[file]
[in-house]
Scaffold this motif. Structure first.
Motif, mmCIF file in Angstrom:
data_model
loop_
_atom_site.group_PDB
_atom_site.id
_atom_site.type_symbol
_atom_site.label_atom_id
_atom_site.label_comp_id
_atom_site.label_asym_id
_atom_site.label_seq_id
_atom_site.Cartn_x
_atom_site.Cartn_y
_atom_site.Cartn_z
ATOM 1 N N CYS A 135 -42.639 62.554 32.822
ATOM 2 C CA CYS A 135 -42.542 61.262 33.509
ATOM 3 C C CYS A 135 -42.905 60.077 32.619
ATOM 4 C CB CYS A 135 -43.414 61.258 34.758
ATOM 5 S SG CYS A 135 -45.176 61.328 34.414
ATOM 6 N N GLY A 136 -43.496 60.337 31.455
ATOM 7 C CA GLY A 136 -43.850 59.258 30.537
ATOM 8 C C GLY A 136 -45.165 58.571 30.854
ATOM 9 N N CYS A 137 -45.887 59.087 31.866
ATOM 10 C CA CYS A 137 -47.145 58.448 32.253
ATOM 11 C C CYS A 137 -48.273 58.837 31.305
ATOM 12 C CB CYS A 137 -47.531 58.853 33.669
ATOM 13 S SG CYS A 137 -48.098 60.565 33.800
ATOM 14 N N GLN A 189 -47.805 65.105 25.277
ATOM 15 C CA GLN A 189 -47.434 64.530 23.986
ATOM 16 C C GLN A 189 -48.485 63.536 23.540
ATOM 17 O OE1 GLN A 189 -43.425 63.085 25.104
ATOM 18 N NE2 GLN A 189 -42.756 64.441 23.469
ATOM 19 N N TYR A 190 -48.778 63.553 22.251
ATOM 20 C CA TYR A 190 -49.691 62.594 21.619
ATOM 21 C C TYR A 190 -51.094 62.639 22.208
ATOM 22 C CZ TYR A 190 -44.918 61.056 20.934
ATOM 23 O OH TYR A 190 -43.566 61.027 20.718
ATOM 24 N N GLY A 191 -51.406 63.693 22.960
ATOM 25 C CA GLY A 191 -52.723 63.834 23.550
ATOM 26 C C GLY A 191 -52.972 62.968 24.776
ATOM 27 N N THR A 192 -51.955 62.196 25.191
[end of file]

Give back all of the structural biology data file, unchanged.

[in-house]
Scaffold this motif. Structure first.
Motif, mmCIF file in Angstrom:
data_model
loop_
_atom_site.group_PDB
_atom_site.id
_atom_site.type_symbol
_atom_site.label_atom_id
_atom_site.label_comp_id
_atom_site.label_asym_id
_atom_site.label_seq_id
_atom_site.Cartn_x
_atom_site.Cartn_y
_atom_site.Cartn_z
ATOM 1 N N CYS A 135 -42.639 62.554 32.822
ATOM 2 C CA CYS A 135 -42.542 61.262 33.509
ATOM 3 C C CYS A 135 -42.905 60.077 32.619
ATOM 4 C CB CYS A 135 -43.414 61.258 34.758
ATOM 5 S SG CYS A 135 -45.176 61.328 34.414
ATOM 6 N N GLY A 136 -43.496 60.337 31.455
ATOM 7 C CA GLY A 136 -43.850 59.258 30.537
ATOM 8 C C GLY A 136 -45.165 58.571 30.854
ATOM 9 N N CYS A 137 -45.887 59.087 31.866
ATOM 10 C CA CYS A 137 -47.145 58.448 32.253
ATOM 11 C C CYS A 137 -48.273 58.837 31.305
ATOM 12 C CB CYS A 137 -47.531 58.853 33.669
ATOM 13 S SG CYS A 137 -48.098 60.565 33.800
ATOM 14 N N GLN A 189 -47.805 65.105 25.277
ATOM 15 C CA GLN A 189 -47.434 64.530 23.986
ATOM 16 C C GLN A 189 -48.485 63.536 23.540
ATOM 17 O OE1 GLN A 189 -43.425 63.085 25.104
ATOM 18 N NE2 GLN A 189 -42.756 64.441 23.469
ATOM 19 N N TYR A 190 -48.778 63.553 22.251
ATOM 20 C CA TYR A 190 -49.691 62.594 21.619
ATOM 21 C C TYR A 190 -51.094 62.639 22.208
ATOM 22 C CZ TYR A 190 -44.918 61.056 20.934
ATOM 23 O OH TYR A 190 -43.566 61.027 20.718
ATOM 24 N N GLY A 191 -51.406 63.693 22.960
ATOM 25 C CA GLY A 191 -52.723 63.834 23.550
ATOM 26 C C GLY A 191 -52.972 62.968 24.776
ATOM 27 N N THR A 192 -51.955 62.196 25.191